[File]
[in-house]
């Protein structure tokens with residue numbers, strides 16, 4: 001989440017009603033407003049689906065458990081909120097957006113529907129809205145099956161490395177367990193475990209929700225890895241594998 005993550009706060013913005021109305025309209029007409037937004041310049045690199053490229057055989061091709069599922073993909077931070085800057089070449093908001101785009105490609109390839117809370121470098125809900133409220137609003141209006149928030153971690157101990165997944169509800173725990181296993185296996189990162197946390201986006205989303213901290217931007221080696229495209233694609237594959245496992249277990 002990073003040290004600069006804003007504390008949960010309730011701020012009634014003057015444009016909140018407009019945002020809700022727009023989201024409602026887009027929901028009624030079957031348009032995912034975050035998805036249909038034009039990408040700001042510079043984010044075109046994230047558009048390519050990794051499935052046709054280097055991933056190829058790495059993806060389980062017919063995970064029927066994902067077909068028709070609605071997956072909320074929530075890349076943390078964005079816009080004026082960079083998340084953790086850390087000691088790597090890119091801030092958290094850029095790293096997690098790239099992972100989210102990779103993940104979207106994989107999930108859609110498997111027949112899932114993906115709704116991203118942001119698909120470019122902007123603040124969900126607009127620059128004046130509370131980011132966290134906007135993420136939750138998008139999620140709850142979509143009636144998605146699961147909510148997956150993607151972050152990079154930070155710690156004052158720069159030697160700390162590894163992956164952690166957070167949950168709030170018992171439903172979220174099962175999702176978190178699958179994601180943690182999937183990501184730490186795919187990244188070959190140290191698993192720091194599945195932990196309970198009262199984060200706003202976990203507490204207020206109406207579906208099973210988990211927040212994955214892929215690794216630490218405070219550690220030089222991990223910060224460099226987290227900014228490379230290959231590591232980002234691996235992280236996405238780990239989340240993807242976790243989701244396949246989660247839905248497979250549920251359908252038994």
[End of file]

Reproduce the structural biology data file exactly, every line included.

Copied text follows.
[in-house]
């Protein structure tokens with residue numbers, strides 16, 4: 001989440017009603033407003049689906065458990081909120097957006113529907129809205145099956161490395177367990193475990209929700225890895241594998 005993550009706060013913005021109305025309209029007409037937004041310049045690199053490229057055989061091709069599922073993909077931070085800057089070449093908001101785009105490609109390839117809370121470098125809900133409220137609003141209006149928030153971690157101990165997944169509800173725990181296993185296996189990162197946390201986006205989303213901290217931007221080696229495209233694609237594959245496992249277990 002990073003040290004600069006804003007504390008949960010309730011701020012009634014003057015444009016909140018407009019945002020809700022727009023989201024409602026887009027929901028009624030079957031348009032995912034975050035998805036249909038034009039990408040700001042510079043984010044075109046994230047558009048390519050990794051499935052046709054280097055991933056190829058790495059993806060389980062017919063995970064029927066994902067077909068028709070609605071997956072909320074929530075890349076943390078964005079816009080004026082960079083998340084953790086850390087000691088790597090890119091801030092958290094850029095790293096997690098790239099992972100989210102990779103993940104979207106994989107999930108859609110498997111027949112899932114993906115709704116991203118942001119698909120470019122902007123603040124969900126607009127620059128004046130509370131980011132966290134906007135993420136939750138998008139999620140709850142979509143009636144998605146699961147909510148997956150993607151972050152990079154930070155710690156004052158720069159030697160700390162590894163992956164952690166957070167949950168709030170018992171439903172979220174099962175999702176978190178699958179994601180943690182999937183990501184730490186795919187990244188070959190140290191698993192720091194599945195932990196309970198009262199984060200706003202976990203507490204207020206109406207579906208099973210988990211927040212994955214892929215690794216630490218405070219550690220030089222991990223910060224460099226987290227900014228490379230290959231590591232980002234691996235992280236996405238780990239989340240993807242976790243989701244396949246989660247839905248497979250549920251359908252038994």